“You don’t save me. I save me.”
— Kim Wexler, Better Call Saul
I watched the episode of Better Call Saul where Kim says that a couple of weeks ago. On the show, Jimmy’s done something that caused Kim, a fellow lawyer, to be penalized at work, relegated to the windowless basement doing document review, the most menial work a lawyer can get. One night, Jimmy shows up and tells Kim he has a plan to fix everything and get her back to her rightful place in the office. She tells him she’s not interested and he persists; this goes on for several minutes. Finally, she shuts him down for good, making it plain that she’s the hero of her own story: “You don’t save me. I save me.”
I can’t stop thinking about that line. It echos in my head several times a day. I made it my tagline under my screen name on a forum I frequent. It speaks to me.
There are a number of things about my life that I wish were different. The specifics don’t matter. What matters is that I don’t do anything to change my circumstances, yet my frustration and sadness and disappointment at the current state of affairs is constant. I keep waiting . . . for . . . what, exactly? To be magically committed to making things different? To get to a point where I just accept what is and stop wishing things were different?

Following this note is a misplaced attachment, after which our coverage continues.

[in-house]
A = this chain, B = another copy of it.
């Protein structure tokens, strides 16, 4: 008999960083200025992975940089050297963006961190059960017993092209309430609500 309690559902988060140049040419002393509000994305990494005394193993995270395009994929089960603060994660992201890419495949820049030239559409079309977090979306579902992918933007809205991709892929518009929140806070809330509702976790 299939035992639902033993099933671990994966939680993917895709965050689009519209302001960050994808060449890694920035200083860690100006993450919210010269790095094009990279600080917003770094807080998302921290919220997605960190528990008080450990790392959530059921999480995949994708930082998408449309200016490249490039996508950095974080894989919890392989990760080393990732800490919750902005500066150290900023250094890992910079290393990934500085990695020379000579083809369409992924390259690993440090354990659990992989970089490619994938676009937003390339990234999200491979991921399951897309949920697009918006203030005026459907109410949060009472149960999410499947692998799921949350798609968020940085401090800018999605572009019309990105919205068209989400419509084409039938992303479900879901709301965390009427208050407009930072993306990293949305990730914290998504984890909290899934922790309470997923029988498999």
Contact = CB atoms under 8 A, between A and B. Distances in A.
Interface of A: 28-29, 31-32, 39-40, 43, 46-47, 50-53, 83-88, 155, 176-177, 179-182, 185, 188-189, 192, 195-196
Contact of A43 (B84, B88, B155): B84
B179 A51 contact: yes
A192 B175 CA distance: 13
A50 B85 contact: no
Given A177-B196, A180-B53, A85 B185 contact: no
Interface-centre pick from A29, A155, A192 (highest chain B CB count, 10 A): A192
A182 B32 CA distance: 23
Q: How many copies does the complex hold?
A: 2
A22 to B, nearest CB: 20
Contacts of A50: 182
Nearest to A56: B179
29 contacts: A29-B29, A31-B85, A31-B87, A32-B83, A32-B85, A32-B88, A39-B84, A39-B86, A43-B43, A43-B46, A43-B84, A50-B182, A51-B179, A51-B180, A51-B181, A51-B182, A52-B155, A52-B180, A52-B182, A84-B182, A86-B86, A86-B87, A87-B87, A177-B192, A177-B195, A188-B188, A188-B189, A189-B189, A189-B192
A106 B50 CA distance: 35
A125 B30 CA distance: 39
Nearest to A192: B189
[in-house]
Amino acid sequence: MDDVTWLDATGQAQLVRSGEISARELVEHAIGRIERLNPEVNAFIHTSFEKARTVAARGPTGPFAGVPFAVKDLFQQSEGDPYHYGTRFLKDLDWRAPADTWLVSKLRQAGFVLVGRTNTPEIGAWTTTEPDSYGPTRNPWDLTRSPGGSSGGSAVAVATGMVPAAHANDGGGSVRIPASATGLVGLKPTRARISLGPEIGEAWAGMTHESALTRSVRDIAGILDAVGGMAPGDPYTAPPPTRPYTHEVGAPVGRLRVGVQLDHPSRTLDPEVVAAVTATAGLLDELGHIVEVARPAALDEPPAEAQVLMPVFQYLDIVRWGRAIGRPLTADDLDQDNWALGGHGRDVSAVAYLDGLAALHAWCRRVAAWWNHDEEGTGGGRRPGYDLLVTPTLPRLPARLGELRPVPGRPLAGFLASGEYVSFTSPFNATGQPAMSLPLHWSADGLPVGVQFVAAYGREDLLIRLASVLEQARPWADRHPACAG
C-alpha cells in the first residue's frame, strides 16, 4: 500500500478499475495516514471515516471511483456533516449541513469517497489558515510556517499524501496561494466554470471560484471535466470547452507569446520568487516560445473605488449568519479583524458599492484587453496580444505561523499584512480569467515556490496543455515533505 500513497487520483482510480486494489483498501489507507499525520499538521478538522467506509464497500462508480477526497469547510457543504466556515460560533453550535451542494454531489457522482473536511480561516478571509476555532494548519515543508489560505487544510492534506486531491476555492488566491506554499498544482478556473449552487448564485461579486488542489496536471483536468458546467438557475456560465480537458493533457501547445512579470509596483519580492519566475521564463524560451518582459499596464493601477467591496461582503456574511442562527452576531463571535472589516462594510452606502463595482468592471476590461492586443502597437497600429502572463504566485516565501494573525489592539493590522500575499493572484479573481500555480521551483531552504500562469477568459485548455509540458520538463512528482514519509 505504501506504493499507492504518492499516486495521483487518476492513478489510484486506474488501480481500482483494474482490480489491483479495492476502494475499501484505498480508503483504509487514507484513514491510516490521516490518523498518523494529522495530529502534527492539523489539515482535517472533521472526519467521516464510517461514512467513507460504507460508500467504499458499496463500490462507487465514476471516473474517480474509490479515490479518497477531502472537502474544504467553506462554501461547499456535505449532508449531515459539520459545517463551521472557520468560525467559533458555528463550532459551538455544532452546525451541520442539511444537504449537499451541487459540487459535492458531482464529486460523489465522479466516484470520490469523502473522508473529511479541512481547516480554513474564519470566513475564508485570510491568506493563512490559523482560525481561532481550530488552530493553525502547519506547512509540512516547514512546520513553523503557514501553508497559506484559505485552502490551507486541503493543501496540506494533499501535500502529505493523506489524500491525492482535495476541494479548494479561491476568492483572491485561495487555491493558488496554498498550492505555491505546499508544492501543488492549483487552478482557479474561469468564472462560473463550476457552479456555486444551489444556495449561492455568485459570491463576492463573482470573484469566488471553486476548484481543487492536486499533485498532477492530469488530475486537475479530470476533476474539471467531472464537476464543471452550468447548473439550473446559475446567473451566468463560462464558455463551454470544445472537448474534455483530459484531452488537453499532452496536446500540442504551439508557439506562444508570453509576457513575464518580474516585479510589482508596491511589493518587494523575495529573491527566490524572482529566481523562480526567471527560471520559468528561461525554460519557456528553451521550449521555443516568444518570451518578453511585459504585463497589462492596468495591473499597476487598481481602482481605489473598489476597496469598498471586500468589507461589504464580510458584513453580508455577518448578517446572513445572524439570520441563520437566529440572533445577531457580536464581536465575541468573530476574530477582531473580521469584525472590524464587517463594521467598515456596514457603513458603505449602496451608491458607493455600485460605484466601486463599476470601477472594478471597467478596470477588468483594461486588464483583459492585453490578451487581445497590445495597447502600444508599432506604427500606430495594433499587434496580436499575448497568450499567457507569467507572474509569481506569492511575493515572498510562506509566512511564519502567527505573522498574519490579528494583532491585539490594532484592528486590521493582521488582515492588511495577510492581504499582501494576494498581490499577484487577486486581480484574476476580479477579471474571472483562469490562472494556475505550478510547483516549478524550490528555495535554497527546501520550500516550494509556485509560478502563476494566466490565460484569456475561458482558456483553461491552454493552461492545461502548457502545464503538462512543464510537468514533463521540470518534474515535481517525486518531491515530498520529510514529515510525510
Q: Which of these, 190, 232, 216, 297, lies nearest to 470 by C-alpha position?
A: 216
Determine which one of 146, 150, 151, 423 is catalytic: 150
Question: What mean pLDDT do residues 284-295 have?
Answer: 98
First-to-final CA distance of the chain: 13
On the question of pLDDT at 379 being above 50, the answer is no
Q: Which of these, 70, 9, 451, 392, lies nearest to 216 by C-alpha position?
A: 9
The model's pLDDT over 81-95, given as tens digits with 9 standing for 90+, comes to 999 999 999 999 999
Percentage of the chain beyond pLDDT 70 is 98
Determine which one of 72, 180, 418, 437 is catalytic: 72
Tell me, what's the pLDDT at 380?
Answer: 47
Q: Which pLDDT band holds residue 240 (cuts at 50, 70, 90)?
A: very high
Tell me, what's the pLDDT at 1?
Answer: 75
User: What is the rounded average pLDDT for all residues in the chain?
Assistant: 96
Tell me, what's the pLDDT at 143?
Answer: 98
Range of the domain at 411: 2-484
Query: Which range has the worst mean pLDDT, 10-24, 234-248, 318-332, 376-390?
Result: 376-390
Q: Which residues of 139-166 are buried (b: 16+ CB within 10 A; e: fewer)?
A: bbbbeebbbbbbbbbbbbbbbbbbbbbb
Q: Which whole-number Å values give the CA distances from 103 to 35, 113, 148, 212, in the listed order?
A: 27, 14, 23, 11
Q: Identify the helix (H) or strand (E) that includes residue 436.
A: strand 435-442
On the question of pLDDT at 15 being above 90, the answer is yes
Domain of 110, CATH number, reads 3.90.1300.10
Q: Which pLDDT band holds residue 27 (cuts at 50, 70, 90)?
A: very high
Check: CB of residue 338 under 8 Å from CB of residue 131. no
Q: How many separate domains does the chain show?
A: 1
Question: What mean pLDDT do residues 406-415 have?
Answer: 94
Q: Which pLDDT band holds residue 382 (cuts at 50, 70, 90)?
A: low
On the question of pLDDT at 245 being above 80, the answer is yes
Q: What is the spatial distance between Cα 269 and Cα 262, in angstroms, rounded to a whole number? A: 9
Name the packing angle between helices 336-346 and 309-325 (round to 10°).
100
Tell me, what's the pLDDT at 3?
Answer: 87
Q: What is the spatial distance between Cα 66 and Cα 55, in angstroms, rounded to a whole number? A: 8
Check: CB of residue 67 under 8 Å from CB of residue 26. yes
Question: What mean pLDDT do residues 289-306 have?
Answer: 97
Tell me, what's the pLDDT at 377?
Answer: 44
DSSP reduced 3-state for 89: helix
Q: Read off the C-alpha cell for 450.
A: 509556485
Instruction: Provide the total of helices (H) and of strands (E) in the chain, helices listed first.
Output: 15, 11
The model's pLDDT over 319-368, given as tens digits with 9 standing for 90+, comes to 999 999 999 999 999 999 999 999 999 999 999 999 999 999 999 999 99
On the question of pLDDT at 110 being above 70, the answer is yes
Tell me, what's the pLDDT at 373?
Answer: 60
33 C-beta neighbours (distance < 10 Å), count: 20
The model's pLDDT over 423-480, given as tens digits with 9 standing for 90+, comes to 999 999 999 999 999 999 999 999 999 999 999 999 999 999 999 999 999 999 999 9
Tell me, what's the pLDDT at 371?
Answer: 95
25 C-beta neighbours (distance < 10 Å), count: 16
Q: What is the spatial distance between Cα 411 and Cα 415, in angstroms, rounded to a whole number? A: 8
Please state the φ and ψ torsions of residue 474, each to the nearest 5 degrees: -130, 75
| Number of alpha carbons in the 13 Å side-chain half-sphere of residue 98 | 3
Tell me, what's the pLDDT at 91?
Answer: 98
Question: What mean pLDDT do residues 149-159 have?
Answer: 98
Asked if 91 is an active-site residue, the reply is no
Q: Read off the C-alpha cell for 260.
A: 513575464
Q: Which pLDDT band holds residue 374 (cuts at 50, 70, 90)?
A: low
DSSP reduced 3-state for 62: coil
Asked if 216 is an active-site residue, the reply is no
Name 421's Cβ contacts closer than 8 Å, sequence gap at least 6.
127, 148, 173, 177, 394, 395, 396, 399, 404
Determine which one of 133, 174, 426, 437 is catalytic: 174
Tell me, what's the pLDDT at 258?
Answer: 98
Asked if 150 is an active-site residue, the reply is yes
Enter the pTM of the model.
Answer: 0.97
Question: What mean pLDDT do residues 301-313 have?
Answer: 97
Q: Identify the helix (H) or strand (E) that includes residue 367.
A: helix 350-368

No, I think I’m waiting for someone else to make it happen. But when did I become that kind of person? When did I become the kind of person who complains about something but doesn’t do anything to fix it? The kind of person who knows what needs to be done but makes excuses about why she can’t do it? I have no idea, but I don’t like it.
I have a firm No Princesses rule in our house. We don’t buy any princess-themed books or toys or clothes, and any that we are given go right to the Goodwill pile. #sorrynotsorry The reason for that is because in most princess lore, the girl is portrayed as helpless, waiting in her castle for a man – preferably a prince – to come save her. My standard answer when someone asks me why I feel so strongly about this with respect to my daughter is, “I’m going to teach her to save herself.”
I can clearly see why Kim’s words have basically been haunting me: I’m pretty much just waiting for a Jimmy to show up and tell me how he’s going to fix everything for me.
I’m going to save me. I just need to find the door to my windowless basement.